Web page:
Rugby World Cup 2015: Lewis Moody expresses England concerns

World Cup winner Lewis Moody runs rule over England's prospects ahead of this month's tournament

The Rugby World Cup may be just over two weeks away, but former England skipper and member of the victorious class of 2003, Lewis Moody, admits Stuart Lancaster’s side are still far from the finished article.

Lancaster named his squad of 31 players last week; it included international rookies Sam Burgess and Henry Slade that will aim to become the fourth side to lift the Webb Ellis Cup on home soil.

But after a disappointing showing in the 25-20 loss to France a fortnight ago, the pressure is mounting on the Red Rose to deliver a performance worthy of champions-elect this weekend in their final warm-up fixture with Ireland at Twickenham.

England want to be contesting in that final, but to get there they’ve got to beat a lot of good teams and they won’t come much harder than in the Pools against Wales and Australia

Lewis Moody

Moody, who famously won the final line-out in the phase of play that led to Jonny Wilkinson’s winning drop-goal in 2003, believes that now selection is finalised England have to focus all their attention on emerging from the pool stages.

And the 37-year-old is looking forward to seeing an improved England set-piece against the Irish as well as which combination Lancaster selects to line up in the centres.

“It’s impossible to compare the squad of 2003 with the current England team as they are a completely different group of individuals in totally different eras,” said Moody, who is a Jaguar Land Rover Academy of Sport Ambassador.

“But I think the key question is whether this England side are where they want to be at the moment?

“I’d probably say the answer to that is no, after a disappointing defeat against France and with a set-piece that certainly is not functioning as they’d like.

“There’s a bit of indecision in terms of some of the selections and who fits where – like where is Sam Burgess or Henry Slade meant to fit into the wider spectrum of that midfield – so there’s a lot of questions still, and going into a World Cup is a tough time to have to be answering them.

“But I went through two campaigns; one of which we won and one of which we made it to the final and lost, and we were in dire straits heading into that one.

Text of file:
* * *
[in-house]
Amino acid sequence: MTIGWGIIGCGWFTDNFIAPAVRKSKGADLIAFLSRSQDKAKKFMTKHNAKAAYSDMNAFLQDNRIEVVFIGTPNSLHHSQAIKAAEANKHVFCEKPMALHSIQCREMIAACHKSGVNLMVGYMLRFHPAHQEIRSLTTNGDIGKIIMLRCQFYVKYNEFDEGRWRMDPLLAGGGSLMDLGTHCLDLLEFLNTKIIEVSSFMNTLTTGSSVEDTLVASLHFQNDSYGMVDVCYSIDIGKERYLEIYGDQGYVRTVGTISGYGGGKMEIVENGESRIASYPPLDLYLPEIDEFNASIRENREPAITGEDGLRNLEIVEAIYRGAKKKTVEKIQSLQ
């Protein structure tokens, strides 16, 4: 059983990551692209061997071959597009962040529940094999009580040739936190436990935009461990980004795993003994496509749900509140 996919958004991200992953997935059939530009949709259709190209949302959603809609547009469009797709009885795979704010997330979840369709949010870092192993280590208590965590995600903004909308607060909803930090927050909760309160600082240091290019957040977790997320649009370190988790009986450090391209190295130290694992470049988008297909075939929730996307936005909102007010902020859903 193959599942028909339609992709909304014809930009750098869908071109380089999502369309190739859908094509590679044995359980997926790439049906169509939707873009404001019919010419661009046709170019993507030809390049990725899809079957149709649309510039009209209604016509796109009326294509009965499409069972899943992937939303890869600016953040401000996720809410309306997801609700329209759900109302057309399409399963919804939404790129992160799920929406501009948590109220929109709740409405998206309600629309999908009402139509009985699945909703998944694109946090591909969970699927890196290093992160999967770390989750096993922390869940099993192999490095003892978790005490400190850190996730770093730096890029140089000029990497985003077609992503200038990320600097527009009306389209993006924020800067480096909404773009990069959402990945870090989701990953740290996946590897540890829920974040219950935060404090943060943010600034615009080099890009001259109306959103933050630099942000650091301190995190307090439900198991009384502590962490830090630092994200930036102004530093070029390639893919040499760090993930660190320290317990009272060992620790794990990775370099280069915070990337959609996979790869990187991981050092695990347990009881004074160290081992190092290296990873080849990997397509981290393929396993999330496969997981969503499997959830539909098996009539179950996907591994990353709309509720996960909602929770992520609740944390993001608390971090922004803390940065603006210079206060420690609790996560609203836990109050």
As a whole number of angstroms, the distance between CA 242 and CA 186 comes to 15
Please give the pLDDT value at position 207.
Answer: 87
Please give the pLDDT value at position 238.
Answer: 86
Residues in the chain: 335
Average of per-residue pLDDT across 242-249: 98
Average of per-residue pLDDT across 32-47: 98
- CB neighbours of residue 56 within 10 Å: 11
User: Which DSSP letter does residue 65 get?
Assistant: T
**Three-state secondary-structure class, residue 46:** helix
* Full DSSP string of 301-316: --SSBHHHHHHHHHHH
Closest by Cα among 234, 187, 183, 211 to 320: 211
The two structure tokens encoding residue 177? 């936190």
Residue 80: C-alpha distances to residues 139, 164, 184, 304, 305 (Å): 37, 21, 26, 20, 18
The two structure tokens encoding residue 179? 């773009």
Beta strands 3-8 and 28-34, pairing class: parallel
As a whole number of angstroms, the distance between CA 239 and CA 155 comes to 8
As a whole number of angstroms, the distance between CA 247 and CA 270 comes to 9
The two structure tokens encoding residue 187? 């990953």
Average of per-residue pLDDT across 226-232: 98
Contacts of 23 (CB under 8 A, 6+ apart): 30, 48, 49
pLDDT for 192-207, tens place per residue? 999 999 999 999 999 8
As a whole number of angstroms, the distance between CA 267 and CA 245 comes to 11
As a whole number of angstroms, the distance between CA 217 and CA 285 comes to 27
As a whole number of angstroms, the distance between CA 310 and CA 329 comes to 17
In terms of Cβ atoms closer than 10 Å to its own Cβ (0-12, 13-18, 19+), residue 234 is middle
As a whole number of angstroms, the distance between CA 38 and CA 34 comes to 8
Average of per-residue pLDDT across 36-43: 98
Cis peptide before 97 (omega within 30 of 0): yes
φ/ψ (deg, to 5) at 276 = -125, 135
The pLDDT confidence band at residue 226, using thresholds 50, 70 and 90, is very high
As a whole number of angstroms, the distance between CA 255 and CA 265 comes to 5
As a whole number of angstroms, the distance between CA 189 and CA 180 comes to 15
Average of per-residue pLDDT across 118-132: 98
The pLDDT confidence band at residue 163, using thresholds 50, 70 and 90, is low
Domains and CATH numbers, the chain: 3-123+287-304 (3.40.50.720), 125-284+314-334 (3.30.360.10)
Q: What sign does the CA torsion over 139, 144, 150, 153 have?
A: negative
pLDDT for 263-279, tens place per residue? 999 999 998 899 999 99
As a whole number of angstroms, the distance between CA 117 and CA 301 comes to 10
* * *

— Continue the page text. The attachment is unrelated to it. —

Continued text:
“So all that matters in the immediate future for this group is getting out of the Pool. Once you’ve managed that you are in a very strong position and can just deal with each game as it comes.

“England want to be contesting in that final, but to get there they’ve got to beat a lot of good teams and they won’t come much harder than in the Pools against Wales and Australia.”

A back-row legend for England, Moody played in three Rugby World Cups and like current skipper Chris Robshaw captained the side wearing the No.7 jersey.

And while Robshaw’s position is all but nailed on, Moody is still not certain who will be joining him at the base of the scrum.

He added: “Who will play at No.6 is actually a really difficult question, as I think at the moment you’ve got one guy that is really sticking his hand up in James Haskell and saying, ‘I deserve that shirt’.

“I think you have to go on form, and Tom Wood’s been great over the last couple of seasons and there’s no doubt he is a massive lineout presence – probably more so than James.

“But James is offering more to the team at the minute, as he’s a natural ball-winner, aggressive over the ball, aggressive in the way he carries it, and aggressive in the tackle. That’s what we want in the back row.

“You’ve then got Ben Morgan and Billy Vunipola battling it out at No.8, and I think Vunipola probably has the edge over Morgan because Morgan has been injured for so long.

“I’ve not seen enough of Ben Morgan at the moment, and Vunipola has obviously lost a lot of excess weight and looks a lot fitter for me.

“The game he had against France wasn’t his best obviously, and those two going hammer and tongs to try and nail down that No.8 shirt will be good for each of them and ultimately good for the side.”

Lewis Moody was speaking on behalf of the Jaguar Land Rover Academy of Sport workshop programme in partnership with SportsAid. For more information please visit SportsAid.org.uk

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